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to present, and started out to find something which better suited his unformed and perhaps romantic ideas of a profession. After a hard tramp of several miles he chanced to encounter a show, and immediately determined that this was the field to which he would devote his energies and in which he would make for himself a name and a fortune. With this show he served an apprenticeship, in a humble capacity, and gained a clear idea of the essentials of the business.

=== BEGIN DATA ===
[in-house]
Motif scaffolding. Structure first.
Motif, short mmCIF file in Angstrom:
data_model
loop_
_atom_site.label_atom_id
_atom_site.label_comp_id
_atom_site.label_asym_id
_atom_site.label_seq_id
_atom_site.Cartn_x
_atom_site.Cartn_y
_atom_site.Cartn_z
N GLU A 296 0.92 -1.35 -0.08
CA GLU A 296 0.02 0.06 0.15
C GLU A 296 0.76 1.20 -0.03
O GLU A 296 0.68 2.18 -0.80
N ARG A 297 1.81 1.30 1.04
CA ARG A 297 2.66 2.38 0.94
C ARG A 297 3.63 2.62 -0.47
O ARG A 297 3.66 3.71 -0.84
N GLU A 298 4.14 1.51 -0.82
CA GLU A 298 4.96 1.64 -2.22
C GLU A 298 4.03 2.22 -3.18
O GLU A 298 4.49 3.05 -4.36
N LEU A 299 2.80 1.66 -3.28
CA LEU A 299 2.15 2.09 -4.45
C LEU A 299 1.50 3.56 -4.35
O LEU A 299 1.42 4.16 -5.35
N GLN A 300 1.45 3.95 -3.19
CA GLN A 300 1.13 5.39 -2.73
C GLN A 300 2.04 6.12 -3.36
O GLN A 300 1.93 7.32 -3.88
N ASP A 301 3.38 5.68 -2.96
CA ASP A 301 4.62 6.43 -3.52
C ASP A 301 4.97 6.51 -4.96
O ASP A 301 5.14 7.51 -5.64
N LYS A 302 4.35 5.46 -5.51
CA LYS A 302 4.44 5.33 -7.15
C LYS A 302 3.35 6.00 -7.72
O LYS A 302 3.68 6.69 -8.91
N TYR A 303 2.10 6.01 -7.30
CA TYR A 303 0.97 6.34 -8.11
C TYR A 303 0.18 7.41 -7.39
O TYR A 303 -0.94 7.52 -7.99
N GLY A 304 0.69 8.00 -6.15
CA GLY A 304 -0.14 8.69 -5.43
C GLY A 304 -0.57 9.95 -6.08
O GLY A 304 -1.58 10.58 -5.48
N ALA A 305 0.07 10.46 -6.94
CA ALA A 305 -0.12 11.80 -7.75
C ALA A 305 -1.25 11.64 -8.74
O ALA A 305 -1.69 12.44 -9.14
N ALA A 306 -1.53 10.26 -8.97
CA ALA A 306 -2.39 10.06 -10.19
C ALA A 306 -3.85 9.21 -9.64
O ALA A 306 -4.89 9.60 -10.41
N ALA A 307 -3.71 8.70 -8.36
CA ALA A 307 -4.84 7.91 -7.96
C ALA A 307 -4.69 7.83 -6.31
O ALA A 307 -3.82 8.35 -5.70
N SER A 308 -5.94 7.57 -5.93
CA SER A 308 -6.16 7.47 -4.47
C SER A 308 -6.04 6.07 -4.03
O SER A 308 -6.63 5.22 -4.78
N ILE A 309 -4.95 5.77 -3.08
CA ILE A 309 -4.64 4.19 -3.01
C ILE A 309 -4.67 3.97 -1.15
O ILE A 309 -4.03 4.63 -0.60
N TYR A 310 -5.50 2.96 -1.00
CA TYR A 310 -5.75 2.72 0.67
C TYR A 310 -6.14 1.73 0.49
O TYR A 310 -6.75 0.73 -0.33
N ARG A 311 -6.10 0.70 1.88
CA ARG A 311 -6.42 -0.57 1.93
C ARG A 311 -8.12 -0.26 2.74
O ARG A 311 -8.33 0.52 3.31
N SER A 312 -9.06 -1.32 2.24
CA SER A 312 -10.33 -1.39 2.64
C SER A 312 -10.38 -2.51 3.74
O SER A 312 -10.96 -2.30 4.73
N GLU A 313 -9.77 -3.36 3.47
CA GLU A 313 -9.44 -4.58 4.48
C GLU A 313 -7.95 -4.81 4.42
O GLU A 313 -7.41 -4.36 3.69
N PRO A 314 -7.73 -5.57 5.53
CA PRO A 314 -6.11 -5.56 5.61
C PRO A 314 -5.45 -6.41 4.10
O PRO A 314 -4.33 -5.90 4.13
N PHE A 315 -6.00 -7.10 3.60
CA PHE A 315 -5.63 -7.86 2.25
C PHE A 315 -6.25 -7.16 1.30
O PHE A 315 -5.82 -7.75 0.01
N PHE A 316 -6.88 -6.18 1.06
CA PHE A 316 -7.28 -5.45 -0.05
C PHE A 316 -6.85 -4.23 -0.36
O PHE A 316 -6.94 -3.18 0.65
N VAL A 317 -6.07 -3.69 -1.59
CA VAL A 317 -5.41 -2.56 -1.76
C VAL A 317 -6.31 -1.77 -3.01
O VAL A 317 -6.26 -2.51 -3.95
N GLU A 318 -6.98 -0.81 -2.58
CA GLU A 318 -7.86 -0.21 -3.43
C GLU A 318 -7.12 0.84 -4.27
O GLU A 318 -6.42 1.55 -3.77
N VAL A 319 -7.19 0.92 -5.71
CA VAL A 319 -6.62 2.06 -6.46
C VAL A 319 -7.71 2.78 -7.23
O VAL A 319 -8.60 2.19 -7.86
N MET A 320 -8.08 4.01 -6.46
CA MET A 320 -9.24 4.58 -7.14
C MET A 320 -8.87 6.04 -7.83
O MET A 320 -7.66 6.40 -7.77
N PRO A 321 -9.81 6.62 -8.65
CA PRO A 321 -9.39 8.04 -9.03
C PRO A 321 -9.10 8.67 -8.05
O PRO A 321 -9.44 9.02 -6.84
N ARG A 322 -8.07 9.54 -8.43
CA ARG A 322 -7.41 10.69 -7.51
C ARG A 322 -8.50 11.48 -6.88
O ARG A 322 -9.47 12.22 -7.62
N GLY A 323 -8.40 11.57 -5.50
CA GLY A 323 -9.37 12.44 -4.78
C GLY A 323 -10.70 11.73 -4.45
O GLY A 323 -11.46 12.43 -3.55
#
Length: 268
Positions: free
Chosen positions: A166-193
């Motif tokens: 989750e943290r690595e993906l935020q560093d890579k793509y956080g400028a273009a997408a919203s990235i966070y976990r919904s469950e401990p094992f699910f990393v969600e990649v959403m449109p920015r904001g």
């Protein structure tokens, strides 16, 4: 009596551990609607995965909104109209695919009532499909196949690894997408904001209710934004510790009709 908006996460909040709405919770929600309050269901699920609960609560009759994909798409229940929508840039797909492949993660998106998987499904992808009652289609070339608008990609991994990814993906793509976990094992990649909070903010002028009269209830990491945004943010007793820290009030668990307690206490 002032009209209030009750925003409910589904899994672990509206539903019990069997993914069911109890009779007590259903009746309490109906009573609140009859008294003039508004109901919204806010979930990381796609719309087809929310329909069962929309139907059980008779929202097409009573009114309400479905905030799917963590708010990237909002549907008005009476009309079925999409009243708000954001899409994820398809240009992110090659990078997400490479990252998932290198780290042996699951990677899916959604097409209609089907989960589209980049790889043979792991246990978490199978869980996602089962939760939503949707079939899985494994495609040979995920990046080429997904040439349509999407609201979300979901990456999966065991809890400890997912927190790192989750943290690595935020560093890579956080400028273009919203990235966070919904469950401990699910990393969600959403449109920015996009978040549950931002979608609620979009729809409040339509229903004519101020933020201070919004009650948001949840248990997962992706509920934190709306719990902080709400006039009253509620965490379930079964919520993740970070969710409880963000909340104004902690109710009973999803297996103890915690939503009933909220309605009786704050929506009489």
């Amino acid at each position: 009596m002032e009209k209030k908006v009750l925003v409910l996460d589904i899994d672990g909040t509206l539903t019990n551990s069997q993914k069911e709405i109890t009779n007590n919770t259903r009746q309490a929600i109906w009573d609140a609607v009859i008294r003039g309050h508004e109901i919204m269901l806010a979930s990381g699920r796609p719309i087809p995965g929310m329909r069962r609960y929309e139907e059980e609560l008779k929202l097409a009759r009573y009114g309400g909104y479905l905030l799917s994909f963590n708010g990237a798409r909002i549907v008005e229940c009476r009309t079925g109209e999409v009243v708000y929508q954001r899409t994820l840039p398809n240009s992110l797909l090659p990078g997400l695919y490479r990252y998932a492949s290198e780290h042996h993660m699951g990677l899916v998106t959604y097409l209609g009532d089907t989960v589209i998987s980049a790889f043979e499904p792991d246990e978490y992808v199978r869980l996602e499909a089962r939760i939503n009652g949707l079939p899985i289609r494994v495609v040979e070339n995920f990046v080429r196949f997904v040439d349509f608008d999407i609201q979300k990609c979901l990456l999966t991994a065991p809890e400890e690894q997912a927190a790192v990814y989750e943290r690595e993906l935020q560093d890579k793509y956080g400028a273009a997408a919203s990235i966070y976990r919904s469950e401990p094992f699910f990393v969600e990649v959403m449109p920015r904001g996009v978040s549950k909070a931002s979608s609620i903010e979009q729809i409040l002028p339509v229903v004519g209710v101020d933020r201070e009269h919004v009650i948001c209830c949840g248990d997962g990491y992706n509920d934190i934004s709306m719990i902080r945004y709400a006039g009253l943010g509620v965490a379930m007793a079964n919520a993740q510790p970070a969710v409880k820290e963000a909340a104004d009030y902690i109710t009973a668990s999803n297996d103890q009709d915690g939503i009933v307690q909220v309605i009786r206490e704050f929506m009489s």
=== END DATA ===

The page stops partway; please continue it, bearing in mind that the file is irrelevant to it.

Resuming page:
In 1861 he secured the side-show privileges of the E. F. & J. Mabie Circus, then the largest show in America. He remained with this firm until 1866, when he secured similar privileges with the Yankee Robinson Circus, with which he allied himself until 1869. In the latter year he formed a co-partnership with the celebrated Dan Costello and entered upon the first of the original ventures marking as many distinct epochs in the history of the circus in America. This departure was the organization of a show which traveled by boat and stopped at all the principal lake ports of the great inland seas. This enterprise was a decided success.

At that time Mr. P. T. Barnum had never been in the circus business, and Mr. Coup had